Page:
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Howling II - Your Sister Is A Werewolf

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    Horace Cordier
    Senior Member

  • Howling II - Your Sister Is A Werewolf



    Released by: Shout! Factory
    Released on: July 14th, 2105.
    Director: Philippe Mora
    Cast: Christopher Lee, Sybil Danning, Reb Brown
    Year: 1985
    Purchase From Amazon

    The Movie:

    When iconic star Christopher Lee met director Joe Dante of THE HOWLING fame, the first thing he did was apologize for his part in HOWLING II: YOUR SISTER IS A WEREWOLF. And yet, in 2015 Scream Factory have not only deemed this objectively terrible film worthy of an HD upgrade, they've graced it with some quality extras. Even stranger, the announcement of this mess on Blu-ray was greeted with a fair amount of enthusiasm from the horror community.

    Why?

    It's simple really. HOWLING II is more fun than a barrel full of oversexed vampire monkeys running amok at an 80's fetishwear fashion show. Too utterly bizarre to be stupid, and shameless enough to just go for broke, this really IS a camp classic. And not a manufactured one like BIRDEMIC either. Or simply inept like THE ROOM. This is the real deal.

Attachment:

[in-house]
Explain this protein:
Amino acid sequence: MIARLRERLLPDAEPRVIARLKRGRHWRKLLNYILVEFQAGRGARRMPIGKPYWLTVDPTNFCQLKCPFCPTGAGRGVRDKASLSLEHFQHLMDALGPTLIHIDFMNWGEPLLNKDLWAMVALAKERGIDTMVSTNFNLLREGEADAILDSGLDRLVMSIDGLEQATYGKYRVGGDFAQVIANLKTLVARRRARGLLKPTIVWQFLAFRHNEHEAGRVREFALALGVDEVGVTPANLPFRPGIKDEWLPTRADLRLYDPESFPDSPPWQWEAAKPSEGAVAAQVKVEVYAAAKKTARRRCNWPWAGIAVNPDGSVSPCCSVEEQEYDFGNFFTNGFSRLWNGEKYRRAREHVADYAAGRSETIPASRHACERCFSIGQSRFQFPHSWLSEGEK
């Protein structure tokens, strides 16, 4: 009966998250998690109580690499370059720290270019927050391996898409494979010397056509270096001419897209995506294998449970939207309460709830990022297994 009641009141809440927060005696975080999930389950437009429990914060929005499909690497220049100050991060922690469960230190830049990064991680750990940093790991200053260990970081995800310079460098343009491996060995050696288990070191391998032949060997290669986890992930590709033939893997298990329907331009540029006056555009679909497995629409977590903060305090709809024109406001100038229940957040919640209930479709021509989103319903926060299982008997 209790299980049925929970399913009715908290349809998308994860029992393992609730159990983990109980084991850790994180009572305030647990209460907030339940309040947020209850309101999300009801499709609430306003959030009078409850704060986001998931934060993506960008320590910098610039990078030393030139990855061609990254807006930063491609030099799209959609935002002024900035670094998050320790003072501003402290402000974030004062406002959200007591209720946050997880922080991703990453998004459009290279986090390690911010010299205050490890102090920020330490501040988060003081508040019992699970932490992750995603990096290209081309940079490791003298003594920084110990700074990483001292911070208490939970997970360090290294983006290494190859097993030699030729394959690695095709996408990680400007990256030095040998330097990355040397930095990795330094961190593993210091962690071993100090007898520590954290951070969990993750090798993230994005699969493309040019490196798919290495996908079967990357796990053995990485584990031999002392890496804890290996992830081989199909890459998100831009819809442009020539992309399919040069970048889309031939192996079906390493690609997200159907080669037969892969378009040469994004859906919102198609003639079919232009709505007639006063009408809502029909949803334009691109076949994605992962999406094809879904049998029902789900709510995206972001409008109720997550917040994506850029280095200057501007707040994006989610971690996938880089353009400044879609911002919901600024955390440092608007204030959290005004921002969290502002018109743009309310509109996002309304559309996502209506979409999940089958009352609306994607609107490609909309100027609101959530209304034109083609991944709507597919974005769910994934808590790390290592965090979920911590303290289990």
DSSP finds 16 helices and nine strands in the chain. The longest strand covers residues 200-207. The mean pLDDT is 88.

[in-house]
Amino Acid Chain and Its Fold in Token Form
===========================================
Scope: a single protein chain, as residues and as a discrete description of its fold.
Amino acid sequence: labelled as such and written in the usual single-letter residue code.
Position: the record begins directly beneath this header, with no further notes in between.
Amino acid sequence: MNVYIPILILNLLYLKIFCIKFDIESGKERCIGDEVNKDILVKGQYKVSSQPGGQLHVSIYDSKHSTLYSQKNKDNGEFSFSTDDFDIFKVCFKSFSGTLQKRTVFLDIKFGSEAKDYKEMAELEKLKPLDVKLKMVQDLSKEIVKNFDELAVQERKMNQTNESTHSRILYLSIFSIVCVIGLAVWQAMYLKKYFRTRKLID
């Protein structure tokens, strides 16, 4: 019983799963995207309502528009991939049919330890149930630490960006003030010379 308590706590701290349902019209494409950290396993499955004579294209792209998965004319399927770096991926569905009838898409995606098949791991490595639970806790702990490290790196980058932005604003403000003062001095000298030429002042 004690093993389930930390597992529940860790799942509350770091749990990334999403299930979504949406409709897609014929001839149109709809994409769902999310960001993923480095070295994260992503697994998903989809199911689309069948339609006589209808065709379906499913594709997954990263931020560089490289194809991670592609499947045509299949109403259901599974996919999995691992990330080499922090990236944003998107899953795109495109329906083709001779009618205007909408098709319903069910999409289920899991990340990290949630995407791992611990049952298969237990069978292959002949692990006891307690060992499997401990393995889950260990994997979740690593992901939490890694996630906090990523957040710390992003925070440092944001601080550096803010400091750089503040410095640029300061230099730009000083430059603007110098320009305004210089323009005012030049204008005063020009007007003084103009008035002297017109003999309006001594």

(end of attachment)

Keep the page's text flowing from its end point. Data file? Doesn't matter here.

Opening with the fate of key character Karen from the first film and her funeral, the plot is set in motion by a warning to her brother Ben (Reb Brown) at the service from a strange older gent named Stefan (Christopher Lee). He tells Ben that Karen is not only not dead, but must be stopped with a stake through the heart - hence the werewolf sister subtitle. He doesn't believe Stefan - but his girlfriend and Karen's coworker Jenny (Annie McEnroe) does. Course, soon enough we see Karen fully mobile and in all her lycanthropic glory. Stefan can handle this business - but there is another even more pressing matter. Stefan needs to travel to Transylvania to put a stop to Stirba (Sybil Danning), the werewolf queen who's ultimately responsible for Karen's current condition. You see, there's a rave to the grave going down in Dracula's home turf to celebrate the upcoming werewolf apocalypse. They are planning on taking over the world and Stefan is going to need some help to stop them. So Ben and Jenny will be accompanying him...